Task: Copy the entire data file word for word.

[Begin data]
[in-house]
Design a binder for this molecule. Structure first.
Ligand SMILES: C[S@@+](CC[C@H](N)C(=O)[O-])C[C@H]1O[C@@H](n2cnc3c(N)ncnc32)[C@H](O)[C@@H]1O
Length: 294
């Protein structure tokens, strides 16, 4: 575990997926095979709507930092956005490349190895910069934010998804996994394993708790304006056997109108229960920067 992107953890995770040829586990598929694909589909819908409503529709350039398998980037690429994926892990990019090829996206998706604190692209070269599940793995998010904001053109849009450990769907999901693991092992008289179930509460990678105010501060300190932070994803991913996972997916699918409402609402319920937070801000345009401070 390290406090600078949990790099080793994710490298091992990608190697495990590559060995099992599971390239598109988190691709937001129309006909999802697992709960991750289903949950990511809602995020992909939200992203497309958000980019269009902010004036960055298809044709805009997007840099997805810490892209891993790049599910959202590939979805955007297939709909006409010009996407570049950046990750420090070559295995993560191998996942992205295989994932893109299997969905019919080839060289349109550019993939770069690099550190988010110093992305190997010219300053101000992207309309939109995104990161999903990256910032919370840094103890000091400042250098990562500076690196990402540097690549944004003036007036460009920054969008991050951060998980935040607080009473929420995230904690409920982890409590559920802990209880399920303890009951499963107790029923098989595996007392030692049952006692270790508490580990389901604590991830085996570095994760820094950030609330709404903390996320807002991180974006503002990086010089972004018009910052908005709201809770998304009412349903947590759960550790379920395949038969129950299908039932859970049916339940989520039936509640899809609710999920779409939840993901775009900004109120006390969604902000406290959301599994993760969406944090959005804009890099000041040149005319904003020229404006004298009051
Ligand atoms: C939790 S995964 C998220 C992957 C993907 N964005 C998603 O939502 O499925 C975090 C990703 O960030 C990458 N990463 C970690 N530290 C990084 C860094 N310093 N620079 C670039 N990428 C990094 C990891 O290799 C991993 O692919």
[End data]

[in-house]
Design a binder for this molecule. Structure first.
Ligand SMILES: C[S@@+](CC[C@H](N)C(=O)[O-])C[C@H]1O[C@@H](n2cnc3c(N)ncnc32)[C@H](O)[C@@H]1O
Length: 294
């Protein structure tokens, strides 16, 4: 575990997926095979709507930092956005490349190895910069934010998804996994394993708790304006056997109108229960920067 992107953890995770040829586990598929694909589909819908409503529709350039398998980037690429994926892990990019090829996206998706604190692209070269599940793995998010904001053109849009450990769907999901693991092992008289179930509460990678105010501060300190932070994803991913996972997916699918409402609402319920937070801000345009401070 390290406090600078949990790099080793994710490298091992990608190697495990590559060995099992599971390239598109988190691709937001129309006909999802697992709960991750289903949950990511809602995020992909939200992203497309958000980019269009902010004036960055298809044709805009997007840099997805810490892209891993790049599910959202590939979805955007297939709909006409010009996407570049950046990750420090070559295995993560191998996942992205295989994932893109299997969905019919080839060289349109550019993939770069690099550190988010110093992305190997010219300053101000992207309309939109995104990161999903990256910032919370840094103890000091400042250098990562500076690196990402540097690549944004003036007036460009920054969008991050951060998980935040607080009473929420995230904690409920982890409590559920802990209880399920303890009951499963107790029923098989595996007392030692049952006692270790508490580990389901604590991830085996570095994760820094950030609330709404903390996320807002991180974006503002990086010089972004018009910052908005709201809770998304009412349903947590759960550790379920395949038969129950299908039932859970049916339940989520039936509640899809609710999920779409939840993901775009900004109120006390969604902000406290959301599994993760969406944090959005804009890099000041040149005319904003020229404006004298009051
Ligand atoms: C939790 S995964 C998220 C992957 C993907 N964005 C998603 O939502 O499925 C975090 C990703 O960030 C990458 N990463 C970690 N530290 C990084 C860094 N310093 N620079 C670039 N990428 C990094 C990891 O290799 C991993 O692919």